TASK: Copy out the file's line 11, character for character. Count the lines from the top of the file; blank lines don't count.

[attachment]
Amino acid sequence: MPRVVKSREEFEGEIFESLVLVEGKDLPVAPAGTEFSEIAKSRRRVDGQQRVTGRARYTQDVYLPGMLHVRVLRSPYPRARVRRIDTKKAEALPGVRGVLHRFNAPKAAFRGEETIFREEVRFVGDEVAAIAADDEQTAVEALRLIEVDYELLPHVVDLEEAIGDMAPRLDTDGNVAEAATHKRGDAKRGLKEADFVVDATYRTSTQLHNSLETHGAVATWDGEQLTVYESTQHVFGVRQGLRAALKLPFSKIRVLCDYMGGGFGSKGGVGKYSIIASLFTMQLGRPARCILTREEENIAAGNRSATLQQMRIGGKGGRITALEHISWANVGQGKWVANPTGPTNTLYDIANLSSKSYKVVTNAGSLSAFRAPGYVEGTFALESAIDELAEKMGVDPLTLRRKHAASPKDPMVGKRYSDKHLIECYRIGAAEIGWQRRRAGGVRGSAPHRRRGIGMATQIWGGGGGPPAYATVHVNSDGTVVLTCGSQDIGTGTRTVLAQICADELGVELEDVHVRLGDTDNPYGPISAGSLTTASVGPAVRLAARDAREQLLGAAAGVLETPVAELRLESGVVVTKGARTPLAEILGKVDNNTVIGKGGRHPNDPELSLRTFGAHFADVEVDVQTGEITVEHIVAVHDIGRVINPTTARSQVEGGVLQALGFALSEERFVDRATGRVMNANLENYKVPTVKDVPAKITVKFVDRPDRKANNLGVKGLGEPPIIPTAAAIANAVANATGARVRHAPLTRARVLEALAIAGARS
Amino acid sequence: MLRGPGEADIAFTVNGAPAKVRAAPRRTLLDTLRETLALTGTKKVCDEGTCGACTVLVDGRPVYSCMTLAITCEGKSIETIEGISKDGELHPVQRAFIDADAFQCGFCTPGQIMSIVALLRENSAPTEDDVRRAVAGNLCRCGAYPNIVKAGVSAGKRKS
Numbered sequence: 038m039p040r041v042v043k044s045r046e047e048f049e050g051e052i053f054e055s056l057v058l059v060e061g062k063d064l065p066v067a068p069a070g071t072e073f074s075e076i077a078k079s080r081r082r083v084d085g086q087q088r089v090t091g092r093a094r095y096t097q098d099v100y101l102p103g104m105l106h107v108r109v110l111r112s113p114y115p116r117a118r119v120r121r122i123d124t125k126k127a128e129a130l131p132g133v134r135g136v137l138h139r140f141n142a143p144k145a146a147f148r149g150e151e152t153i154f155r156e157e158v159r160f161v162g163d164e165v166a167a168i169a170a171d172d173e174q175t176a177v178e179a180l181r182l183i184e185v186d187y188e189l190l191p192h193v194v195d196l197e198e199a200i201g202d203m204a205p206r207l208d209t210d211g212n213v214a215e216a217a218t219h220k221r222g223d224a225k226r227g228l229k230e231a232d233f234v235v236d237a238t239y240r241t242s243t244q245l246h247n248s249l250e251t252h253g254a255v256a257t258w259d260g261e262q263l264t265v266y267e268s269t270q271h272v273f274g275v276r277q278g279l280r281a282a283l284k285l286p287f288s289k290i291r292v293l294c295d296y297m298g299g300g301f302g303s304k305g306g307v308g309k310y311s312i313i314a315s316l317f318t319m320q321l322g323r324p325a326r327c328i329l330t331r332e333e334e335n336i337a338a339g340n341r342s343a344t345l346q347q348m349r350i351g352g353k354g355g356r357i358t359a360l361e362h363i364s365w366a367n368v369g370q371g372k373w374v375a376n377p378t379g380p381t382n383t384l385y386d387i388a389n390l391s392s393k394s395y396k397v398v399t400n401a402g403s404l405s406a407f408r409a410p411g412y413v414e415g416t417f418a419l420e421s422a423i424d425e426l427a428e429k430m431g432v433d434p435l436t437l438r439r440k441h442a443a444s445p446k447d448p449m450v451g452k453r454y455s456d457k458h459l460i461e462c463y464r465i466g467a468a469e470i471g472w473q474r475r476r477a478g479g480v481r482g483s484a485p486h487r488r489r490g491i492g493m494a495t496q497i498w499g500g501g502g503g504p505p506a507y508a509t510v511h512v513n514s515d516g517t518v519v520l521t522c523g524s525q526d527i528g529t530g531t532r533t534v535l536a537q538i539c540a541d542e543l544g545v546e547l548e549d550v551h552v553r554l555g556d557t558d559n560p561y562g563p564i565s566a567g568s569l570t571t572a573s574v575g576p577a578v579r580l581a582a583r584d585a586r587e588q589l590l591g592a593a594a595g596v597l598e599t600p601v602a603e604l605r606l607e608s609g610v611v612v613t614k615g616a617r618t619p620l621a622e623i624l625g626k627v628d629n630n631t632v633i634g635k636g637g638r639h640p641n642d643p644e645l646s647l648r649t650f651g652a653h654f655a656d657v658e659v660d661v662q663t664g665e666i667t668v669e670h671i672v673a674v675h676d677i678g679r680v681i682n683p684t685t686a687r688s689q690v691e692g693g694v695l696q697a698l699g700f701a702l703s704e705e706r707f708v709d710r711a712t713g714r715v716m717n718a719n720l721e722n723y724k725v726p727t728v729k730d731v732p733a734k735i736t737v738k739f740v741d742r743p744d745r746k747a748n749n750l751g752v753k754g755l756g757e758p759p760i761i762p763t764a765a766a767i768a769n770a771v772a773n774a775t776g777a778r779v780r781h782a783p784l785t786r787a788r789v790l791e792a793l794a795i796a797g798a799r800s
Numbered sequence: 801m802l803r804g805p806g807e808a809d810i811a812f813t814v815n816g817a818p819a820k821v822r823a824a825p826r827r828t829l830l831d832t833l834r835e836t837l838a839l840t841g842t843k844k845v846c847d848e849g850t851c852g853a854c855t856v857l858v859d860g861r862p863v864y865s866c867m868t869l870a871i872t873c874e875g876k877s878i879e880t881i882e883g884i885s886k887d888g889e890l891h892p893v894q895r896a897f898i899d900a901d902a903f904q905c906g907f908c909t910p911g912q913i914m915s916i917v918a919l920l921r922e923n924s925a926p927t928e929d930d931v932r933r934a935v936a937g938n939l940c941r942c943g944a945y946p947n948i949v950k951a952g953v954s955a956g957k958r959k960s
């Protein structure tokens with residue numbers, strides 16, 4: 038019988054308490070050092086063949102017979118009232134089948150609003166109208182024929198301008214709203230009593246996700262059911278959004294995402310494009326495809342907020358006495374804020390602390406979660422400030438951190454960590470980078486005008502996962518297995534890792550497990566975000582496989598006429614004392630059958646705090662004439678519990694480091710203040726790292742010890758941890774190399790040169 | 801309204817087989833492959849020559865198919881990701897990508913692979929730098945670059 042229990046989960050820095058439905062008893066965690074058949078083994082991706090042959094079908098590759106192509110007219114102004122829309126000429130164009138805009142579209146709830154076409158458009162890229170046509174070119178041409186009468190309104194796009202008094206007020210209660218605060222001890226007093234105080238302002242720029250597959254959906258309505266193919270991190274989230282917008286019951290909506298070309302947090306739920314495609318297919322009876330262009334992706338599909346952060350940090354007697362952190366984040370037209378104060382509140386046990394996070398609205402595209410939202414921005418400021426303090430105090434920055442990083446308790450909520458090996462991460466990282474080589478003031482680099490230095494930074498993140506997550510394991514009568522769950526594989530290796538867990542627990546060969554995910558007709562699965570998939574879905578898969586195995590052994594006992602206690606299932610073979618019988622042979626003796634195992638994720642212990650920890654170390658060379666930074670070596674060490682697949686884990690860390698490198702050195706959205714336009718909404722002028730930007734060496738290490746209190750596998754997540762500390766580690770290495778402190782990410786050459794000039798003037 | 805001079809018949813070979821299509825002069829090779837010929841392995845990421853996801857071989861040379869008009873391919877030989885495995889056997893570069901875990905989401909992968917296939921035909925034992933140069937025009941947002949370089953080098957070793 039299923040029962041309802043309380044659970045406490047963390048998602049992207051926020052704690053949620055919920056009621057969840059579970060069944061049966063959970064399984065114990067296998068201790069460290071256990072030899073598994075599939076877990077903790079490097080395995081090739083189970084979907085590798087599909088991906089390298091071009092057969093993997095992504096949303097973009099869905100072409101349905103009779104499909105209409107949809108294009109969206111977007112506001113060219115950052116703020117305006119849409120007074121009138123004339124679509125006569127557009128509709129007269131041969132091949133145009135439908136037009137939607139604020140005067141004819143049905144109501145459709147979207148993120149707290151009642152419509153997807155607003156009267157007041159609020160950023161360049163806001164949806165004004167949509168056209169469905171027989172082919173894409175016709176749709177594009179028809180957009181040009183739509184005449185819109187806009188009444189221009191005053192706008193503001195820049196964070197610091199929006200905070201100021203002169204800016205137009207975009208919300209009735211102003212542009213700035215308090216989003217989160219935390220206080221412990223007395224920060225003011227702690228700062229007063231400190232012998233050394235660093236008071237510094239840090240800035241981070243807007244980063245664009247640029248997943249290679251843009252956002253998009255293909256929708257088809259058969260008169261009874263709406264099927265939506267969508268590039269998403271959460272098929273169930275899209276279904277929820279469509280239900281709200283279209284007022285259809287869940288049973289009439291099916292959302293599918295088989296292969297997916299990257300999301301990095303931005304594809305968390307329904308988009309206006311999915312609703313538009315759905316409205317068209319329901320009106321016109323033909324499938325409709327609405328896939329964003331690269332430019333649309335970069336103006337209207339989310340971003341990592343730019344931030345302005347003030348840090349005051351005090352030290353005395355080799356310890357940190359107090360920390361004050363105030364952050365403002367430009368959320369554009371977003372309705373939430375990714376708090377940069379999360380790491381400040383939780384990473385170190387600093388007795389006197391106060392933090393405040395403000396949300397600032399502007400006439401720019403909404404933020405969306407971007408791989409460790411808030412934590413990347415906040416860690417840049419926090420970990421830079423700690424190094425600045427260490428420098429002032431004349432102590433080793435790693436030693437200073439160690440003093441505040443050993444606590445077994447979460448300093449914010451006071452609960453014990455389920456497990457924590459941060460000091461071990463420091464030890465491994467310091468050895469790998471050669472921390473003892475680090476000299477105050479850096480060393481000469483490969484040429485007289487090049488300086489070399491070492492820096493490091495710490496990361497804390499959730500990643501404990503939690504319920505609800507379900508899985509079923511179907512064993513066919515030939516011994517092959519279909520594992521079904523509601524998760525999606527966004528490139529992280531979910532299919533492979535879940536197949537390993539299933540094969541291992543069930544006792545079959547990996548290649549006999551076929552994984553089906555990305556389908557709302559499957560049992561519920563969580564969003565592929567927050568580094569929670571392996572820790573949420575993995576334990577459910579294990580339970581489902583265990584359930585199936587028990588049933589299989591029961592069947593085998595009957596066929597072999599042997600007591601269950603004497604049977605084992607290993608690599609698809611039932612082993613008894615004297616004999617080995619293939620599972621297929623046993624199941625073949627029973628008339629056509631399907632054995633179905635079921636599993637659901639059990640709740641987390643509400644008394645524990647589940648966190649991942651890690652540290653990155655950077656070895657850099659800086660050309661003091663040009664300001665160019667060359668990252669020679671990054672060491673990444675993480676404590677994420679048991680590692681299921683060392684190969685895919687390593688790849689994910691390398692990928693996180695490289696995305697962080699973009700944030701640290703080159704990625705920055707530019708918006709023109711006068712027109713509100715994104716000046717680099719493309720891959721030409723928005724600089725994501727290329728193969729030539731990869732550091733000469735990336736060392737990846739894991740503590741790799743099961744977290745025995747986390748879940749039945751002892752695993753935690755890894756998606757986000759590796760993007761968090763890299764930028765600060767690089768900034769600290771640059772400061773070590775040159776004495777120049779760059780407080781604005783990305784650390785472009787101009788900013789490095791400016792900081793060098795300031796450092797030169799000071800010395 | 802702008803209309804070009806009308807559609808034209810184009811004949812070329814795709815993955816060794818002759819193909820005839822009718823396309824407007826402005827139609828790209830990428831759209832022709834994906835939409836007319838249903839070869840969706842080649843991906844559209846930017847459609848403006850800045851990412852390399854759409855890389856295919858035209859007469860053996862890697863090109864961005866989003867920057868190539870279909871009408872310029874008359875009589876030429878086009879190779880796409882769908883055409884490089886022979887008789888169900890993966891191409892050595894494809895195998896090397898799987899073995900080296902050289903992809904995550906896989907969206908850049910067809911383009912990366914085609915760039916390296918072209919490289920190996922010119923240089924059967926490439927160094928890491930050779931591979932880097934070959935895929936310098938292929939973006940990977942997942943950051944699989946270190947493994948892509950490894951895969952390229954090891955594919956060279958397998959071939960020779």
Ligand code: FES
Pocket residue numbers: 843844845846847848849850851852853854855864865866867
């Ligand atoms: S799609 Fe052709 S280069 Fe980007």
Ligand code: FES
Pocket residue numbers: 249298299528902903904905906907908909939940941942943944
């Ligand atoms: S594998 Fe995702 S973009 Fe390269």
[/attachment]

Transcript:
């Ligand atoms: S594998 Fe995702 S973009 Fe390269």